Close-knit Mets are disappointed, but already excited for 2016
Simply put, the Mets ran into a buzz saw with the Royals in the World Series.
They did everything better than the Mets, always seeming to be one or two steps ahead of the Mets in every facet.
They were far and away better offensively, specifically with their situational hitting late in games as they outscored the Mets 15-to-1 from the seventh inning on. The Royals had eight extra-base hits, the Mets had none from the seventh inning on. They were outhit 19-to-10 in such situations as well.
They weren’t perfect, but the Royals fielded better, pitched better out of their bullpen, were mobile on the bases and forced mistakes utilizing speed, and when push came to shove late in these games, they simply did not make many mistakes which was the clear cut difference in this game.
Just ask Daniel Murphy and Lucas Duda about that.
The Royals were just better in this series, and that’s why they’re World Champions.
“We’re real disappointed,” Terry Collins said early Monday. “I know where [Ned Yost] came from when he talked about how he felt last year, and that’s the way we feel right now. I told the guys, ‘this is the time to enjoy it and be proud of your accomplishments.’ But when you get beat at the end of the season, it’s not fun.”
That’s not to say the Mets should be ashamed. Sure, there’s disappointments, regrets over some of the mistakes, the, “what-if” game and the, “could have’s,” and, “should have’s” in every one of these five games, including Game 3 in which they won.
But that’s the precise mentality the Mets avoided throughout the peaks and valleys of their turbulent and dramatic 2015 season, and a big reason why the Mets were able to overcome such incredible adversity and even get to a Game 5 in the World Series, conceivably ahead of everyone’s expectations.
Mets captain David Wright – who struck out 20 times in 64 postseason at-bats in 2015 – hopes he and his teammates will be able to put that positive spin on their incredible 2015 season shortly.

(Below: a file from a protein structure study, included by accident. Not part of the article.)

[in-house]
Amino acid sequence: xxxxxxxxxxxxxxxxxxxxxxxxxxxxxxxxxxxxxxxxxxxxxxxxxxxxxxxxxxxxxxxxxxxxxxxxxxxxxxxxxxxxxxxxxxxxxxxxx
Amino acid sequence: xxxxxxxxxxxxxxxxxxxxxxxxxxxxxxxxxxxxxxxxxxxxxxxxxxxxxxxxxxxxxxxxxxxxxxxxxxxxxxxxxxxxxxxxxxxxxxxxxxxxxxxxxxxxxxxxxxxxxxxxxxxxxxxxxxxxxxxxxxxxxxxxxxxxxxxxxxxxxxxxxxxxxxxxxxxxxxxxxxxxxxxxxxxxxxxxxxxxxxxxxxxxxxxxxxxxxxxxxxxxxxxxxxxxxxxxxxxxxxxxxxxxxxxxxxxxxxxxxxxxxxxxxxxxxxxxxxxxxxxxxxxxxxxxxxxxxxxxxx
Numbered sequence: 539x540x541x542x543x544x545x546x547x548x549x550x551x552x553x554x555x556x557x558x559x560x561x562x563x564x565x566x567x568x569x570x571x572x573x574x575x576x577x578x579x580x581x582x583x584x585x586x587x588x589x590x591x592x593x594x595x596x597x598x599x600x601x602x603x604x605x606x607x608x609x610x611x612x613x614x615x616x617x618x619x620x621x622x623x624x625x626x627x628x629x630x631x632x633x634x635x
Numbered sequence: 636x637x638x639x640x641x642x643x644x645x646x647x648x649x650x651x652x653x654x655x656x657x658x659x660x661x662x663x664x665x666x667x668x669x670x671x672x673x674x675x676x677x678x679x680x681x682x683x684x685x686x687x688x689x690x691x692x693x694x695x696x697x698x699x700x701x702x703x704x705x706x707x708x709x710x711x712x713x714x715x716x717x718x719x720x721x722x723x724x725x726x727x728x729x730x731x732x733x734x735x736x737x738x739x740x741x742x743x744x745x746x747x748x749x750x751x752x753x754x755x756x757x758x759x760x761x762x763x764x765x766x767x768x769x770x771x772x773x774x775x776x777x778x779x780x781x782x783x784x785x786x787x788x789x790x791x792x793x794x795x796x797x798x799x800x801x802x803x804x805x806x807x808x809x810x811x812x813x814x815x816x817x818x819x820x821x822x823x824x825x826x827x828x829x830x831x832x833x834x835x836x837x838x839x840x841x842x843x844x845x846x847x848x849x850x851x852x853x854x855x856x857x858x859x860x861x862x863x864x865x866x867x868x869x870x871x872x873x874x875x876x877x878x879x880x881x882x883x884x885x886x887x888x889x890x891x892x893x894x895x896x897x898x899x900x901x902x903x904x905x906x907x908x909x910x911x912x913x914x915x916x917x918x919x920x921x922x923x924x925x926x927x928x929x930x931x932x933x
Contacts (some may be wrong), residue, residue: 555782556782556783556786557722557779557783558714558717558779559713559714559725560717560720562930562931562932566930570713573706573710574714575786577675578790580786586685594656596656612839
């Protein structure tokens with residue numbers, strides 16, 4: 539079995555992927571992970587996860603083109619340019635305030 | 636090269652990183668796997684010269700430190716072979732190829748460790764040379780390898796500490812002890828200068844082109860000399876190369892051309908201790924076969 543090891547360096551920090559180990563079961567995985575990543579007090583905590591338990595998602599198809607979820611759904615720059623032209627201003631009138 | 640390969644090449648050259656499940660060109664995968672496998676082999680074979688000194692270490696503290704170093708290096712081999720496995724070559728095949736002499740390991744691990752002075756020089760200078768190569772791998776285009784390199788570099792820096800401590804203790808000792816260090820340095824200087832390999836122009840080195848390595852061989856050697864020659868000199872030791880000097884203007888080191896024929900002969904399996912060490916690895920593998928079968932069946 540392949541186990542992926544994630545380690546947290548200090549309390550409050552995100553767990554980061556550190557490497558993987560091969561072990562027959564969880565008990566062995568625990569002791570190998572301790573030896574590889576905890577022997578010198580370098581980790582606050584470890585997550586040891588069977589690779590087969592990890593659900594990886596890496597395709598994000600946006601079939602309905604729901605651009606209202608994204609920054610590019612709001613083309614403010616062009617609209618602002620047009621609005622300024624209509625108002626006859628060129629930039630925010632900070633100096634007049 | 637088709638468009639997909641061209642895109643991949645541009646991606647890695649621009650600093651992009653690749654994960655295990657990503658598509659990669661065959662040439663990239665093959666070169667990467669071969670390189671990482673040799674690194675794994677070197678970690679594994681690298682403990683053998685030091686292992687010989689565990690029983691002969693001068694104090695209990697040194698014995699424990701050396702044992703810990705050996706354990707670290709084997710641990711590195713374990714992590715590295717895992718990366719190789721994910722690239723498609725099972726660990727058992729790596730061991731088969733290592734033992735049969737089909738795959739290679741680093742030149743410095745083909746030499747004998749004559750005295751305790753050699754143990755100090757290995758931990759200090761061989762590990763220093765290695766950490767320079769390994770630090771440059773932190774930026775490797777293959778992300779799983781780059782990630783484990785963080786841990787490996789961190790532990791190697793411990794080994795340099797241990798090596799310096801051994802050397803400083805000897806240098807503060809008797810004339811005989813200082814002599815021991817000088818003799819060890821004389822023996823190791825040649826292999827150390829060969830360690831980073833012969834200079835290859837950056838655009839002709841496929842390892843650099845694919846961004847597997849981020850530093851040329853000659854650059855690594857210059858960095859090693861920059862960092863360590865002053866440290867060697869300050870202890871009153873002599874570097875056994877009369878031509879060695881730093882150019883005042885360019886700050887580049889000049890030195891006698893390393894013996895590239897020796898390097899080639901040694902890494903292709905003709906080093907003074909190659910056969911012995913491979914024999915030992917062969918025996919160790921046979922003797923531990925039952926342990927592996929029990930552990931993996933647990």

“Rightfully, this stings,” Wright explained early Monday after the Mets lost the World Series. “Our heads are going to be down for a little bit. But as much as it stings, a couple of days from now, a couple of weeks from now, we’ll be able to sit back, take a deep breath, and just think about how cool this was, and how much fun we had and how proud we should be of what we accomplished this year.”
The Mets certainly have nothing to hang their heads over. Most pundits didn’t even believe the Mets would contend for a Wild Card, much less the division and even runaway with it by late August. They were transformed mid-year thanks to an infusion of youth, athleticism, depth and pure talent in three different areas, helping to make the people who were there better and more productive.
There’s work to do, clearly, but the Mets are close. Really, really close, and now the Mets can clearly set their eyes on one common goal after getting a taste of what reaching it might be like.
“It’s gonna be awesome next year, and I’m really looking forward to the first day of spring training already,” catcher Travis d’Arnaud explained.
Murphy – who’s future is uncertain but has continually expressed interest in a new contract with the Mets – said this was a unique group he had the opportunity to play with in 2015, which helped contribute to their remarkable success this past season.
Said Murphy, “You spend eight months with a group of men, you’re gonna get to know ‘em just by hanging out with them,” Murphy said, “but to truly get to care and love the guy next to you I think is unique, and that’s what I felt like we had in this group.”
Manager Terry Collins is also very proud of his club.
“I’m very, very proud of them,” he said. You guys know last March or last June no one would ever have said we were going to be sitting where we are today.”
And that should serve as a stepping stone. There will be expectations for the Mets, both this winter as they endeavor to fortify their team for 2016 and this time, make it through the end of the World Series as the victor.
But for a franchise which has gone through the last six years without any meaningful expectations, that’s far from a bad thing.